No matter how many modern skyscrapers and fancy three-piece suits Denver sports, the city pulls much of its energy from the same sort of rough-edged frontier spirit that the mining magnates brought in when they came down from the Rockies and built their mansions on Capitol Hill.
Few things symbolize the city's freewheeling and headlong growth as much as the local over-the-counter new-issues market, better known as the penny stock market. Literally hundreds of new public companies come to Denver to raise capital by issuing stock in the penny market.
It is a hotbed of speculation that, for a while, raised millions for budding ventures - particularly energy companies.
During 1979 and 1980, the penny stocks - so called because most opened for less than $1 a share - were a modern-day gold rush. Investors would climb Mt. Everest to get in on a new issue before it went to the public, because stocks slated to open at 10 cents a share frequently soared quickly to 20 cents a share.
By 1981, some 40 brokerage houses catered exclusively to the Denver penny market, both in selling the stocks and underwriting the issues.
The entrance requirements are far less stringent than those of the two major US stock exchanges, while salaries have reportedly been much higher on average. Incomes of $50,000 and $75,000 were common. Penny brokers became notorious for their high-pressure sales techniques, drawing the attention of both the Securities and Exchange Commision and the Denver district attorney's office.
In 1981, though, the high-rolling penny market stumbled and has since fallen to its knees.
From the first week in January 1981 to the first week of this year, a stock composite index assembled by the Denver Stock Exchange, a publication that closely follows the market, dropped about 30 percent. New issues used to drop into the market and take off as fast as the underwriters could issue them. But last year as many as 50 languished unissued at any one time.
Irving Hale, vice-president and research director at First Financial Securities, among Denver's largest investment banking firms, recorded an average decline of 7 percent in the price of new issues during 1981, although 1980 had seen the average soar by 112 percent. In 1980, a new issue could triple in price as soon as it hit the street. Last year, most were selling at a discount, and the trend has continued into 1982.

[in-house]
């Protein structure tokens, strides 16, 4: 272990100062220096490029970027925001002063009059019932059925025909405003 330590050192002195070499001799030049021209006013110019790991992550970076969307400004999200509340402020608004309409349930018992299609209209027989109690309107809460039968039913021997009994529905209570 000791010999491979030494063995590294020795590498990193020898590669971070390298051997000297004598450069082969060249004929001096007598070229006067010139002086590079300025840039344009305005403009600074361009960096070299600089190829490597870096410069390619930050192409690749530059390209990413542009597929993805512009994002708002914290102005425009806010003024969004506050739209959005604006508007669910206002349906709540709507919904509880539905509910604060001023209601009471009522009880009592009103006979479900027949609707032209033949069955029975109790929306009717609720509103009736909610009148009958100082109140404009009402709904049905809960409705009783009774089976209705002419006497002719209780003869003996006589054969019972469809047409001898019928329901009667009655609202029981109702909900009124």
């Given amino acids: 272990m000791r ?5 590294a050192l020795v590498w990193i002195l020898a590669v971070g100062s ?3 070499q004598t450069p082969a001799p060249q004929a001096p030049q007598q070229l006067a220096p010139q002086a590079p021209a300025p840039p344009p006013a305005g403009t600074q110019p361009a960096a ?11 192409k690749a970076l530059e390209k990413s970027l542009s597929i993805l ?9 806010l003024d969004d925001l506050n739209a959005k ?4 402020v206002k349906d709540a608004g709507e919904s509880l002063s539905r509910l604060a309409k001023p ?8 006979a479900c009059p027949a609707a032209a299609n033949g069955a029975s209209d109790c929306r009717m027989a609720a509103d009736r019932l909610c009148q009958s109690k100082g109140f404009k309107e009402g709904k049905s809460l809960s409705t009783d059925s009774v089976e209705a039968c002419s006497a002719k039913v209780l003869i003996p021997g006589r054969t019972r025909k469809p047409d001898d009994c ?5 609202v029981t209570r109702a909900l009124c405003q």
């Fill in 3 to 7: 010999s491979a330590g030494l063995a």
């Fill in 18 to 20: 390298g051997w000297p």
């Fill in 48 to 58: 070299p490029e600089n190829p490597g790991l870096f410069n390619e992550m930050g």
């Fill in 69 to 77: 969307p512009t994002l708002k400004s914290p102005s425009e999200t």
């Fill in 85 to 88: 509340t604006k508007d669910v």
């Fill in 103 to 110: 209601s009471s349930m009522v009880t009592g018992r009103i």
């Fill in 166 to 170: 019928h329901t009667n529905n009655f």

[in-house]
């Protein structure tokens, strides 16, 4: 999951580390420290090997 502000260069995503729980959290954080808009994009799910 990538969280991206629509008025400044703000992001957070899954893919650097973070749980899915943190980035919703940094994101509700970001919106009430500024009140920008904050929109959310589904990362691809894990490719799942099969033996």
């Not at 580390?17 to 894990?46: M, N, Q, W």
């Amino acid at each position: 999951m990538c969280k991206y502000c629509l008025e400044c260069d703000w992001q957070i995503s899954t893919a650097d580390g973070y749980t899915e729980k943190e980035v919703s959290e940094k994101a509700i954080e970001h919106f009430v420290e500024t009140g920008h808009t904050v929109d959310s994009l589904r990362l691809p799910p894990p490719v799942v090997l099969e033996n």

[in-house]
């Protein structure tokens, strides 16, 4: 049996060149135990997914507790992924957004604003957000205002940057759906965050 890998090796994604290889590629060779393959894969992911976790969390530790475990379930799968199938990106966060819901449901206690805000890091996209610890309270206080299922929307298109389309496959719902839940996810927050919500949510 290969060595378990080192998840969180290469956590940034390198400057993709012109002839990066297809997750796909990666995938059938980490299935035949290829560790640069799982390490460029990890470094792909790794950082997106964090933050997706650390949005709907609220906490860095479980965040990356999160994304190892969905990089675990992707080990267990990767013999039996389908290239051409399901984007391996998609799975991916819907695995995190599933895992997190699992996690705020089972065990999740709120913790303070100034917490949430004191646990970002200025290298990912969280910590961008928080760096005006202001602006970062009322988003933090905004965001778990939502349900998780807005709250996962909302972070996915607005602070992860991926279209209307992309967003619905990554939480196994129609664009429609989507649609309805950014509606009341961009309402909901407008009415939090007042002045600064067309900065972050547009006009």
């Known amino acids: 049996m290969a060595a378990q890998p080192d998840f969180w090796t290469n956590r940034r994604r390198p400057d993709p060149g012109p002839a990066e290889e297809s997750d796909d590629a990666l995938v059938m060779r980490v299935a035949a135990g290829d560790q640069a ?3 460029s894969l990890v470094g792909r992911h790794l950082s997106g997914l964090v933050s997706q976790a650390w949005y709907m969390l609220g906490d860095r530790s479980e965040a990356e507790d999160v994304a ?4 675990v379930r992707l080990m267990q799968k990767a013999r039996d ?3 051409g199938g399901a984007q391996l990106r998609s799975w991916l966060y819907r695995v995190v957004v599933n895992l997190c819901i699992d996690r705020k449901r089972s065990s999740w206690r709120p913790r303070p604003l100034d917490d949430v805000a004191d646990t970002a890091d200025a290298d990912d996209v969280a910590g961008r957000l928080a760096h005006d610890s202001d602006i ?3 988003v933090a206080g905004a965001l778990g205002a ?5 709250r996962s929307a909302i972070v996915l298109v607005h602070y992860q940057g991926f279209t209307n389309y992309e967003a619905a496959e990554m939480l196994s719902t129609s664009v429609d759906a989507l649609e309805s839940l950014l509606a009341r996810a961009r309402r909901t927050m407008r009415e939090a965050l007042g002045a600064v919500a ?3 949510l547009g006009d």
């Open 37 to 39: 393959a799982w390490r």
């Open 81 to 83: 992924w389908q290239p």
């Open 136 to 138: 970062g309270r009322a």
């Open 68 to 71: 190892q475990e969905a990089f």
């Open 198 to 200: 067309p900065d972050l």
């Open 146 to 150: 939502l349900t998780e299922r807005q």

Allen R. Alden, chairman of First Financial, is unconcerned, however. ''This market goes through cycles like any other market. It's currently on the down side of the cycle, but it will swing up again.''
A number of things brought the penny stock market down to earth, says Terry Freeman, editor of the Denver Stock Exchange. Money market funds and other instruments offered relatively safe avenues for good returns, ''So there was a strong competition for that investment money.''
The oil glut and the considerable publicity given to it rubbed some of the luster off energy stocks, the mainstay of the penny market. ''There was a general impression of an oversupply of oil, and the prices of oil were coming down,'' Mr. Freeman explains, ''so some of the urgency to rush in to buy oil stocks was declining.''
As new investors entered the market at its peak, distorting prices, buyers who had been in for some time and watched paper profits take off started cashing in. Perhaps the key element, though, was the basic law of supply and demand: while investors were losing interest, new issues were pouring into the market at record rates, resulting in a glut of stocks and a drought of money.
There are some indications, though, that the penny market is getting set for a new up-cycle. In recent weeks a few stocks have started to show some spunk. The shares of one company, Energy Oil, traded for about 75 cents before Christmas but one recent day closed at $1.50 a share.
''There is a lot of interest coming back in looking for the deals that are under 35 cents, that are underpriced and have traded higher but because of the slow market fell back,'' one broker says. Still, many old hands are just sitting back and waiting to see if the market will turn around.